National Large Solar Telescope

Magnetic dynamos and Solar cycle

It is now well recognised that the magnetic fields on the Sun are the basic cause of this variability. Solar dynamo models that can predict the solar cycle are now possible (Choudhuri et al. 2007). Understanding how the magnetic fields are generated and maintained on the Sun, i.e. understanding the solar dynamo, hence, is basic to understanding the origin and nature of solar cycle and variability, and to predict in advance its behaviour both on short and long time scales.

Micro- and macro physics of magnetic dynamos

Ever since Parker (1955) formulated the turbulent dynamo theory, varieties of very different dynamo models for the Sun have appeared in the literature. Global dynamo models, based on Parker's original ideas on the contributions of cyclonic convection and differential rotation, depend a lot also on the micro-physics associated with turbulent interaction and diffusion of magnetic fields throughout the solar convection zone. These processes are the most vigorous in the observable photospheric layers. Studying energy and momentum coupling between radiation, convection and magnetic fields in these layers is crucial to understand near-surface contribution to the overall working and sustenance of the solar dynamo.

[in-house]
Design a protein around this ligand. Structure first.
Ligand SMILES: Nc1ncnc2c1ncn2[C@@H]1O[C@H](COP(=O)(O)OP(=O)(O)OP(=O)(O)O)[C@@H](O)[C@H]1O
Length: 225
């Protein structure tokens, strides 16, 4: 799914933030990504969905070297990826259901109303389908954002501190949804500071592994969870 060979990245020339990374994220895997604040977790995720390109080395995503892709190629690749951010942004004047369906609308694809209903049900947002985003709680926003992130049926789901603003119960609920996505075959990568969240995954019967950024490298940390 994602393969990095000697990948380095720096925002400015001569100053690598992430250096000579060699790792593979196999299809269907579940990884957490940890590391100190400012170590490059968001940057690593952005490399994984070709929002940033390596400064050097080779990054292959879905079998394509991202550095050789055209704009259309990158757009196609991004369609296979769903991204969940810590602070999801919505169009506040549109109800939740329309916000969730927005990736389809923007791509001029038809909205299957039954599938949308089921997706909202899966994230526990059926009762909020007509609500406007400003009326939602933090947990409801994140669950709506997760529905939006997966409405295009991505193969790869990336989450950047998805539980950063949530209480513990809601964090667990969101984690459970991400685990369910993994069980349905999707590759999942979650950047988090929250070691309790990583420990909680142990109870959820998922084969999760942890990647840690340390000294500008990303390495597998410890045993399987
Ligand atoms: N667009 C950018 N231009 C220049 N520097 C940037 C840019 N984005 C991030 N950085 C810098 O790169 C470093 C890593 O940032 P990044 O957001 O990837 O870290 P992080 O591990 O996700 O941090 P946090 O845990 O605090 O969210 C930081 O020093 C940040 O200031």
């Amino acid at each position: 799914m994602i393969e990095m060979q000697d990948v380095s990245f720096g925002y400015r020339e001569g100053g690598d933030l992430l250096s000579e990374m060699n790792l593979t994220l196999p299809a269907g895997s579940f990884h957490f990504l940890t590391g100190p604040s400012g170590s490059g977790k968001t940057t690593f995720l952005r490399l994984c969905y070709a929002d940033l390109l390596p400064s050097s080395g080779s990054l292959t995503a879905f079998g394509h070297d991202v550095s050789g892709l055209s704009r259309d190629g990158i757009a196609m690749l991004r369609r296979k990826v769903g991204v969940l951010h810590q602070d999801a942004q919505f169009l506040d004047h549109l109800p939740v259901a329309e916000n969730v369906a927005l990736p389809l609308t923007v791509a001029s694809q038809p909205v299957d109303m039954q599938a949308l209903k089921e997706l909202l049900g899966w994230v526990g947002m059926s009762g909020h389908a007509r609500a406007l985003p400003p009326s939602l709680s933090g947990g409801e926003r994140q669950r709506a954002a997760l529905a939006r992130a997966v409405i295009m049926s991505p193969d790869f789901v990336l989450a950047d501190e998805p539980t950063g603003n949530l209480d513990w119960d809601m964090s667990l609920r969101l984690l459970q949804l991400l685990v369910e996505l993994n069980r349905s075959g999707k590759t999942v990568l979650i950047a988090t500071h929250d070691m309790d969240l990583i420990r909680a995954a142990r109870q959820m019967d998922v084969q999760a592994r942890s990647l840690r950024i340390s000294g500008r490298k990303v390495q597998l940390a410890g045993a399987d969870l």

Figure 1 Solar cycle and latitudinal distribution of sunspots known as "butterfly diagram". Observations on the left and a dynamo model based simulation from Chatterjee et al. 2004 on the right.

A high spatial, spectral and temporal resolution observation over a sustained period of time is a key requirement for such studies. NLST will fulfill such requirements to facilitate answering the following questions pertaining to the above aspects of solar dynamo: (1) how do the convective flows and associated turbulence stretch, twist and fold the local small-scale magnetic fields, and, how do such processes change the magnetic flux budget, locally and globally?; (2) how do strong fields in the large scale, e.g. sunspots, filaments, etc., interact with the small-scale fields?; and (3) how do large scale convective (super-granular and other possible larger scale) and meridional flows advect and diffuse the magnetic field?; and how do they change with time?.

Answers to these questions will provide key observational inputs to constrain the global interior dynamo models and thus in improving the predictive capabilities of such models